Middle East

Erdogan hopes for positive steps on F-35 jet program in Biden term

ANKARA (Reuters) – President Tayyip Erdogan said on Friday he hoped positive steps will be taken on Turkey’s role in the F-35 jet programme once US President-elect Joe Biden takes office, describing Ankara’s exclusion for purchasing Russian defences as a “serious wrong”.

Last month, Washington imposed long-anticipated sanctions on Turkey’s defense industry over its acquisition of S-400 missile defence systems from Moscow, in a move Turkey called a “grave mistake”.

The United States has also removed fellow NATO member Turkey from the F-35 program over the move.

Washington says the S-400s pose a threat to its F-35 fighter jets and to NATO’s broader defense systems. Turkey rejects this, saying S-400s will not be integrated into NATO and purchasing them was a necessity as it was unable to procure air defense systems from any NATO ally on satisfactory terms.

“No country can determine the steps we will take toward the defence industry, that fully depends on the decisions we make,” Erdogan told reporters in Istanbul, adding Ankara was in talks to procure a second shipment of S-400s from Russia and would hold talks on the issue later this month.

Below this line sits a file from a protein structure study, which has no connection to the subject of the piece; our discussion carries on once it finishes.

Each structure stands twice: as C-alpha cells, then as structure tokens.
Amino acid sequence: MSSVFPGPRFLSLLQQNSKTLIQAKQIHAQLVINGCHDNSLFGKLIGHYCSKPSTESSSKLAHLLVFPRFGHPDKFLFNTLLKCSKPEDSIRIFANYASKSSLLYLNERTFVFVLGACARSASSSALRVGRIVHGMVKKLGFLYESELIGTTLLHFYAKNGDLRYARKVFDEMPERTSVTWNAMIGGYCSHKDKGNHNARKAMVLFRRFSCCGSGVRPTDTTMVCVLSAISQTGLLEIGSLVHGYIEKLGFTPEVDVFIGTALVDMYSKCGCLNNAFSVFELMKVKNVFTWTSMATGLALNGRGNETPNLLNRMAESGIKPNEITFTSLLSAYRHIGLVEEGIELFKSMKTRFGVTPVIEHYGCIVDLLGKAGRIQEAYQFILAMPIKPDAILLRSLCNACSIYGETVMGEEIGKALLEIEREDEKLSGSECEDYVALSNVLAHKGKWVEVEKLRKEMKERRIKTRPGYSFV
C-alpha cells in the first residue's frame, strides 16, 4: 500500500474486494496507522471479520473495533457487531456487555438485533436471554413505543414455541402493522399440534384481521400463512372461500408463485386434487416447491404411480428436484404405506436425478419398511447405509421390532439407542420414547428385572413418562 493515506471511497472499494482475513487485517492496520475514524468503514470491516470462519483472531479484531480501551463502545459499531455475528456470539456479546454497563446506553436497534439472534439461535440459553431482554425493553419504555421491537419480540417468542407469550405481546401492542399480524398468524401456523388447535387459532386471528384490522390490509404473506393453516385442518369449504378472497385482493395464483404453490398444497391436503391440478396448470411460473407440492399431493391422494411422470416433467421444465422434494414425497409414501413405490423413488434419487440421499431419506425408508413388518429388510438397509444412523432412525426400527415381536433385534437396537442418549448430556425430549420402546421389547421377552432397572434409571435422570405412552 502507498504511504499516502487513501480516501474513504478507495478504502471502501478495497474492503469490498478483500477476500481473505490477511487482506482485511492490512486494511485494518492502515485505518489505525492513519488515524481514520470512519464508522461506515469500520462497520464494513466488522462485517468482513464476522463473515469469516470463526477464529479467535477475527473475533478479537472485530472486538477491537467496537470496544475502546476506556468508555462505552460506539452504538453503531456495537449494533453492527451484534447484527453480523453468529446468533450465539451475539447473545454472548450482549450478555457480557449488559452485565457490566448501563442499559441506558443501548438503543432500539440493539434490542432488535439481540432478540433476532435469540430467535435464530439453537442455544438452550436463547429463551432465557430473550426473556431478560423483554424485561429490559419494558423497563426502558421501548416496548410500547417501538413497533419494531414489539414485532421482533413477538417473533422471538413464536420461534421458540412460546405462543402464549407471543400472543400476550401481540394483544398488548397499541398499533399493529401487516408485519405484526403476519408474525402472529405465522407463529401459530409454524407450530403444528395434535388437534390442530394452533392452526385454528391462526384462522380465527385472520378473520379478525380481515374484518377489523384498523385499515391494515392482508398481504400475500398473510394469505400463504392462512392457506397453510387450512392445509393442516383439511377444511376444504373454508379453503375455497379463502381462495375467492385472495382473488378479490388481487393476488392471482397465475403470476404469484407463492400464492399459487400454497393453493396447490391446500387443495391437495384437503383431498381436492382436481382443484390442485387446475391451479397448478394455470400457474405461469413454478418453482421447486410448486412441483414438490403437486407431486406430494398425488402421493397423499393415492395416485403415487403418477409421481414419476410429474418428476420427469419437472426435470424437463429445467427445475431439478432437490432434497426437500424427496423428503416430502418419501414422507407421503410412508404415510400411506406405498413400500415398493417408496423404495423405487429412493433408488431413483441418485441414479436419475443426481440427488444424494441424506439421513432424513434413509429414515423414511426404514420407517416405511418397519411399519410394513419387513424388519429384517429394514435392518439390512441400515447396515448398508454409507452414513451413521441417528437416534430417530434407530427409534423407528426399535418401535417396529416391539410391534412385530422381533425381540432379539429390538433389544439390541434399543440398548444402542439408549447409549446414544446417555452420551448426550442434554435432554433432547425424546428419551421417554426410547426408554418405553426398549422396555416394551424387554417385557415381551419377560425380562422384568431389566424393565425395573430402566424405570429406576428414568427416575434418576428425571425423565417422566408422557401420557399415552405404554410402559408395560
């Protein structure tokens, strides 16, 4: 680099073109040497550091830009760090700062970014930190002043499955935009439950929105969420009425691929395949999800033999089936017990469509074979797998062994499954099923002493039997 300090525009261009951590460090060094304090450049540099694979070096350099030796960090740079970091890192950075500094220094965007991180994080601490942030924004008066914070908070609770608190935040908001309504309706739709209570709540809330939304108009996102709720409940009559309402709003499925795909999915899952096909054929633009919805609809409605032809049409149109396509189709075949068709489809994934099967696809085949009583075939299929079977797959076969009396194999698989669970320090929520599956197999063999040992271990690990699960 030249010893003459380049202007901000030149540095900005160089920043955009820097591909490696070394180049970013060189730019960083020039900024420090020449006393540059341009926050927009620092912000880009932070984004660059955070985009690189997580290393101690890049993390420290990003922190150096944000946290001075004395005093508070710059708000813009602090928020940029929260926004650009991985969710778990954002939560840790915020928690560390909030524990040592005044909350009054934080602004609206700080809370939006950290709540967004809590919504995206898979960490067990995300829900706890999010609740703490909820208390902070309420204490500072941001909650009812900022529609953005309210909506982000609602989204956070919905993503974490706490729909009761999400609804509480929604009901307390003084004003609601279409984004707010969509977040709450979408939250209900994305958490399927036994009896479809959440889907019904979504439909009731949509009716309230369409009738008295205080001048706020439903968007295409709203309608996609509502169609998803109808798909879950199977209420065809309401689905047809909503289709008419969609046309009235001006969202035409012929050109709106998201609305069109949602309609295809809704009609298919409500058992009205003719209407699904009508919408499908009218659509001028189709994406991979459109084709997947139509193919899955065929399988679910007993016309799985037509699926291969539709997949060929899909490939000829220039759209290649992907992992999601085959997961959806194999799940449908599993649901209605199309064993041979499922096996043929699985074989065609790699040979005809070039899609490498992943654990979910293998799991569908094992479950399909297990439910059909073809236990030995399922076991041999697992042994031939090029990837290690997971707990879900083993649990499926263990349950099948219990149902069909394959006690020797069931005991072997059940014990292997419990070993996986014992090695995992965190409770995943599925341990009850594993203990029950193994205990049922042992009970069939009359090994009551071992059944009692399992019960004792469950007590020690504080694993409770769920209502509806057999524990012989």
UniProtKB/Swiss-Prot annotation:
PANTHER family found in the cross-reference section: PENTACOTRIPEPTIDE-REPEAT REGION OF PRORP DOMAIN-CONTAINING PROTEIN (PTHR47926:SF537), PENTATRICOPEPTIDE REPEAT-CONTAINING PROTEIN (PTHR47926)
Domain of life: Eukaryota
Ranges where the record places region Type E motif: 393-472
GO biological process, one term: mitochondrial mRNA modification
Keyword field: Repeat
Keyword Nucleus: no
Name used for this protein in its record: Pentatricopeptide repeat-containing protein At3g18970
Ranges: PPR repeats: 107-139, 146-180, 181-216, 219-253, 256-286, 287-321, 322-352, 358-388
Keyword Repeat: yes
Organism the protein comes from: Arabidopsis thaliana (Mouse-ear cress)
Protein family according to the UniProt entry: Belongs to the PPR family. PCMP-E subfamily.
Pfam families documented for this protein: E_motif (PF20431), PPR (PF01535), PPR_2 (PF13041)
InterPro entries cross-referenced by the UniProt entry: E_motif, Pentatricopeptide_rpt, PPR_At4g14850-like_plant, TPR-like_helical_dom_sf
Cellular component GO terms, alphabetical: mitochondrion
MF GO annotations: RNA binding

“We don’t know what the Biden administration will say at this stage (on the S-400s),” he added. “Despite having paid a serious fee on the F-35s, the F-35s still have not been given to us. This is a serious wrong the United States did against us as a NATO ally,” he said.

“My hope is that, after we hold talks with Biden as he takes office, we will take much more positive steps and put these back on track.”

Biden will be inaugurated on Jan. 20, replacing incumbent Donald Trump, with whom Erdogan had a close relationship. Ankara has said it hopes for better with Washington then.

Reporting by Tuvan Gumrukcu; Editing by Daren Butler and Chizu Nomiyama

FILE PHOTO: A F-35B Lightning II aircraft is launched aboard the amphibious assault ship USS Essex, September 27, 2018. Mass Communication Specialist 3rd Class Matthew Freeman/US Navy/Handout via REUTERS/File Photo

Related Articles

Back to top button